GAO found that Lupron accounted for 15.1% of Medicare drug spending in 1999.

Penalties. TAP agreed to plead guilty to a conspiracy to violate the PDMA and to pay a $290 million criminal fine.

The plea agreement between the government and TAP specifically states that the company’s criminal conduct caused Medicare and Medicaid to lose $145 million, according to the U.S. Attorney.

TAP agreed to settle its federal civil False Claims Act liabilities and to pay the government more than $559 million. In addition, TAP agreed to settle its civil liabilities lawsuit for $25.5 million for failing to provide state Medicaid programs with its best prices.

As part of the settlement, TAP must comply with a corporate integrity agreement that says the company must significantly change the manner in which it supervises its marketing and sales staffs to ensure that the company will report true average sales prices for drugs to the government.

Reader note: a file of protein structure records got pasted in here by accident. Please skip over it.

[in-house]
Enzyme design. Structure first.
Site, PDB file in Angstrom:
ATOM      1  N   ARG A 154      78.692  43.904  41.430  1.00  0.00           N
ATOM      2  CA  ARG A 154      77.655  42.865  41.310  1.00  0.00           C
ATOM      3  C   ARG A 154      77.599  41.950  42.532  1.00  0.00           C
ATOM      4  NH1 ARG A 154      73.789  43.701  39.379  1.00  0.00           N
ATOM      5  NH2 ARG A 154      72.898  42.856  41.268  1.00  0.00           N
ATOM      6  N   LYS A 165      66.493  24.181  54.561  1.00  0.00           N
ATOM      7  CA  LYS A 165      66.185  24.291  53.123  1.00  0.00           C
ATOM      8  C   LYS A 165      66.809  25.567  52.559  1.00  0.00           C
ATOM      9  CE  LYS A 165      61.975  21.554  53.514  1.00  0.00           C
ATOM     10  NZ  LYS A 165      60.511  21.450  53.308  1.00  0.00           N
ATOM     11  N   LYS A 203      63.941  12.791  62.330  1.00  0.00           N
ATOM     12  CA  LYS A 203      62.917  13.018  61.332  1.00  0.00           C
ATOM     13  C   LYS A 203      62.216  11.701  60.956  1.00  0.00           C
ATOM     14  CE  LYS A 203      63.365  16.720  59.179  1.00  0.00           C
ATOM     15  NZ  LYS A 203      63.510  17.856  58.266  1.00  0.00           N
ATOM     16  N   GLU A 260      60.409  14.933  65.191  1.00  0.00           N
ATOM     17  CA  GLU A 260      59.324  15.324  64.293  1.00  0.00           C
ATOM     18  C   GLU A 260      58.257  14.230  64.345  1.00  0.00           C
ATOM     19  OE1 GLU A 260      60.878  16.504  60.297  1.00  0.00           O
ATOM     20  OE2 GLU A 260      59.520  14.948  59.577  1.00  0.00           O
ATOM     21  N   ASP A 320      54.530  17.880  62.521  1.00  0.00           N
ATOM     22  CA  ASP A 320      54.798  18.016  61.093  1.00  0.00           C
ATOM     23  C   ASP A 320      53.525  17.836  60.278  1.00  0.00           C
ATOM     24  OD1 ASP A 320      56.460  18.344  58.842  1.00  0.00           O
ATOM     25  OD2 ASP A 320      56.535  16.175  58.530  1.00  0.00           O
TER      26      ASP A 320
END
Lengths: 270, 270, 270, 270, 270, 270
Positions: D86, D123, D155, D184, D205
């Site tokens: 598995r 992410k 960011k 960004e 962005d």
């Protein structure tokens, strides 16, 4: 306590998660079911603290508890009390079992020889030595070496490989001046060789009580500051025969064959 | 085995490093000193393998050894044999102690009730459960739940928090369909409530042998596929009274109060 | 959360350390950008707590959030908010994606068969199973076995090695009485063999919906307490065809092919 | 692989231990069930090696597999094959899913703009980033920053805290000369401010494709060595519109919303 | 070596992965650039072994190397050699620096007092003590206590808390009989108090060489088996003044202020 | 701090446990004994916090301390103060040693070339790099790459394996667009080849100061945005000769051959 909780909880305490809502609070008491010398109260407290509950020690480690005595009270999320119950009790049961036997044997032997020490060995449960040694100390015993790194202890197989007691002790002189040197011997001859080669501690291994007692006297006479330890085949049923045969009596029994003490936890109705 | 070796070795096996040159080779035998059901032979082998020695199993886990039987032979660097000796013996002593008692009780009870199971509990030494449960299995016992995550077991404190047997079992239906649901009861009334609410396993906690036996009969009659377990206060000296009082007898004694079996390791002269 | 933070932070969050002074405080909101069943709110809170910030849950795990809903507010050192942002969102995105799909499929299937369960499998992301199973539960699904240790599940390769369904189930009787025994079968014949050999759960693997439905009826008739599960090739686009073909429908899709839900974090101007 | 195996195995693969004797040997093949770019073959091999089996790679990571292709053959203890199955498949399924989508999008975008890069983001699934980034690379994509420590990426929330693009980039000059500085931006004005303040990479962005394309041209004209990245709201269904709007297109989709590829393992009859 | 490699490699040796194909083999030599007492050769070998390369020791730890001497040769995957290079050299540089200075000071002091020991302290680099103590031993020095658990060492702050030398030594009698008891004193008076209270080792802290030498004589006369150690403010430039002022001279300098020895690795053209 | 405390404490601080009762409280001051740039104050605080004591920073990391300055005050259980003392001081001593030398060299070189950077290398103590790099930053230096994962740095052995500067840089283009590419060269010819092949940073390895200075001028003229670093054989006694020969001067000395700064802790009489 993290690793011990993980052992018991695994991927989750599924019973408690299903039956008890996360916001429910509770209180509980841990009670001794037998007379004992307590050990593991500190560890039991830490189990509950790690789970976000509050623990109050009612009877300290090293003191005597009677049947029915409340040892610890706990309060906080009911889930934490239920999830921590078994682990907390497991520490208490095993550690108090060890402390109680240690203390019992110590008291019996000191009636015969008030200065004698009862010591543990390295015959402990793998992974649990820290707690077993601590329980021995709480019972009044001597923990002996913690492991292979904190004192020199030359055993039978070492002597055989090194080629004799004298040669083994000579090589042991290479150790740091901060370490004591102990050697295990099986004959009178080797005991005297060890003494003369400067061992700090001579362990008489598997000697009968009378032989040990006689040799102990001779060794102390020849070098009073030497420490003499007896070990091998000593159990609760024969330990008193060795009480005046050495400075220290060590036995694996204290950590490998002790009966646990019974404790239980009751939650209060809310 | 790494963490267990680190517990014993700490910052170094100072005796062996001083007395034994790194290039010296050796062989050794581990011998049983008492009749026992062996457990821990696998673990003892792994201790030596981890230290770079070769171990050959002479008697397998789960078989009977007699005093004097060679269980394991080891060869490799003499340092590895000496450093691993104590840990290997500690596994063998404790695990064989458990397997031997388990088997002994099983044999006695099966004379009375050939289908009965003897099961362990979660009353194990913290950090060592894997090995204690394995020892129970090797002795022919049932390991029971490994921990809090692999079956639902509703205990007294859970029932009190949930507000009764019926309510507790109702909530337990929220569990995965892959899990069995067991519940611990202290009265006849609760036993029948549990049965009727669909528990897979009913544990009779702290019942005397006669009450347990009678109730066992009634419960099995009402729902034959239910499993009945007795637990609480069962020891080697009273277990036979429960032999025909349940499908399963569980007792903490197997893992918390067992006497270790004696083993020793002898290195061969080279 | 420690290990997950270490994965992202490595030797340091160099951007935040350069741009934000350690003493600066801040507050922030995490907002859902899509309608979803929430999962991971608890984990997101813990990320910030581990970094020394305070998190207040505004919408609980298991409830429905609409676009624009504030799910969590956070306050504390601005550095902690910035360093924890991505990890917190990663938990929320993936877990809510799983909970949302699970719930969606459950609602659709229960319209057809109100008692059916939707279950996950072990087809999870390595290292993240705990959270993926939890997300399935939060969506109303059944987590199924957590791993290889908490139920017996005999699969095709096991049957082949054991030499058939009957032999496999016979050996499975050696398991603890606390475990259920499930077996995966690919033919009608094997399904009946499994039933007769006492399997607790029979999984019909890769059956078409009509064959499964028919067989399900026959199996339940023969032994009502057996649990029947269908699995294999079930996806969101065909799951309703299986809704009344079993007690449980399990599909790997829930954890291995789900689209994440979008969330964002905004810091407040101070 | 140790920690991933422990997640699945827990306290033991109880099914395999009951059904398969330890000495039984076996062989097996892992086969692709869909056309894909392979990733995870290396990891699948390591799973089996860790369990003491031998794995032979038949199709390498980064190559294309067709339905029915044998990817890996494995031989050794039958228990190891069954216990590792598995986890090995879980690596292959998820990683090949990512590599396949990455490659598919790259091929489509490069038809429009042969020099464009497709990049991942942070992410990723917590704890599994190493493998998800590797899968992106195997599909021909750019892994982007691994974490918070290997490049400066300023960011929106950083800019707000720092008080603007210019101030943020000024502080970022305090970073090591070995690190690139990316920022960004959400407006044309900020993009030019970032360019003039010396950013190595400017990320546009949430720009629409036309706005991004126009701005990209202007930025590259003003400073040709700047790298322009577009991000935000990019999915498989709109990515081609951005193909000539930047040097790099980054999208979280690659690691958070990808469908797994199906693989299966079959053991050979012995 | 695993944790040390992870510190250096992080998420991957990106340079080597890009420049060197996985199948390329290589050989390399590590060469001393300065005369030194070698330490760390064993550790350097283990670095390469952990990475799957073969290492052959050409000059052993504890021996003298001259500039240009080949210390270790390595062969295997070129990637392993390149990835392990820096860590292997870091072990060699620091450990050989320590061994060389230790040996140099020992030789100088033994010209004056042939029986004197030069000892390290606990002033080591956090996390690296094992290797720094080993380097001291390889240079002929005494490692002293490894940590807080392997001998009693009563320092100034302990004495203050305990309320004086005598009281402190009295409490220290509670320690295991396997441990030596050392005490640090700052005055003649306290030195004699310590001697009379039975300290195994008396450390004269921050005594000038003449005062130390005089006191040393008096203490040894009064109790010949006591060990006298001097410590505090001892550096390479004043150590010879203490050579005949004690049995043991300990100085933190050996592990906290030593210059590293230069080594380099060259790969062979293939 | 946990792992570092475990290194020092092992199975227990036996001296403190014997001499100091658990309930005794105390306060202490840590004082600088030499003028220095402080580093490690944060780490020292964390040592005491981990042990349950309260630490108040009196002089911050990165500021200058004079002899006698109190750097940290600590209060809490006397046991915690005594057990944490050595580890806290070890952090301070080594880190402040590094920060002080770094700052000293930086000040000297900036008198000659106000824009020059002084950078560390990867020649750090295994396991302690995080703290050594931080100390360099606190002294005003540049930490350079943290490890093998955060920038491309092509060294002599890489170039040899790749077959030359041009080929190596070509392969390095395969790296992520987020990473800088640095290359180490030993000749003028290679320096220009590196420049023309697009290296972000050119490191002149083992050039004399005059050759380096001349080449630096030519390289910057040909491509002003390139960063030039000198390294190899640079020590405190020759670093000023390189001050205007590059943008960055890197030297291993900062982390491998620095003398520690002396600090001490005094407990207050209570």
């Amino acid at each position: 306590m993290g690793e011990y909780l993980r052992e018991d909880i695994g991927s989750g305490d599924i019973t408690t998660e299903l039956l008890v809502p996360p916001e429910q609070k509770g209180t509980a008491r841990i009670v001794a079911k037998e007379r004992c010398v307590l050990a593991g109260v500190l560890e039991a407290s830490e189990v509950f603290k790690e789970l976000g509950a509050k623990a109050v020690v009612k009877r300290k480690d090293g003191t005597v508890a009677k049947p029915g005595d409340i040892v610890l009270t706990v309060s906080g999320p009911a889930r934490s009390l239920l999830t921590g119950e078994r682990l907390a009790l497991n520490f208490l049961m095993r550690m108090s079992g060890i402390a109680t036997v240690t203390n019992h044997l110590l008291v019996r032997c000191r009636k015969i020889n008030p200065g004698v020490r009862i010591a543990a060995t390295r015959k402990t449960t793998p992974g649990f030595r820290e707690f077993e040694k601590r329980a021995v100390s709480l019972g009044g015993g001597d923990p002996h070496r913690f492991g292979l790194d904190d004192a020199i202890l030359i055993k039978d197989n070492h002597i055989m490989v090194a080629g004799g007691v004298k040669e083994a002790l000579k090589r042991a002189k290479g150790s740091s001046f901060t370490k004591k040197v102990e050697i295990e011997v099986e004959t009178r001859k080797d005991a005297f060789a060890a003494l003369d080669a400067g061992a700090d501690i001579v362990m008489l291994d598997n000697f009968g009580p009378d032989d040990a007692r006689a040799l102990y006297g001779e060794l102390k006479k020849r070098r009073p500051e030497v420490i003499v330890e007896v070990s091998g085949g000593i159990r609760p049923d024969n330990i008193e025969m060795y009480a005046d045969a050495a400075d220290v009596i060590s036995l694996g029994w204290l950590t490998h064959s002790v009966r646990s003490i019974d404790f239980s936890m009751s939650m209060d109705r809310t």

TAP President Thomas Watkins, in a statement, said that although his company "fundamentally" disagreed with many of the government’s allegations, TAP resolved the matter to "make clear our commitment to proper and ethical business practices and to avoid protracted legal battles and ensure uninterrupted availability of Lupron for many thousands of patients who rely on it."

Watkins said TAP admitted that it provided free samples of Lupron to a number of physicians with knowledge that the physicians would seek and receive reimbursement.

"The billing for free samples is wrong, and it should never have happened," he said. "We have taken strong action so that this inappropriate marketing practice will never happen again."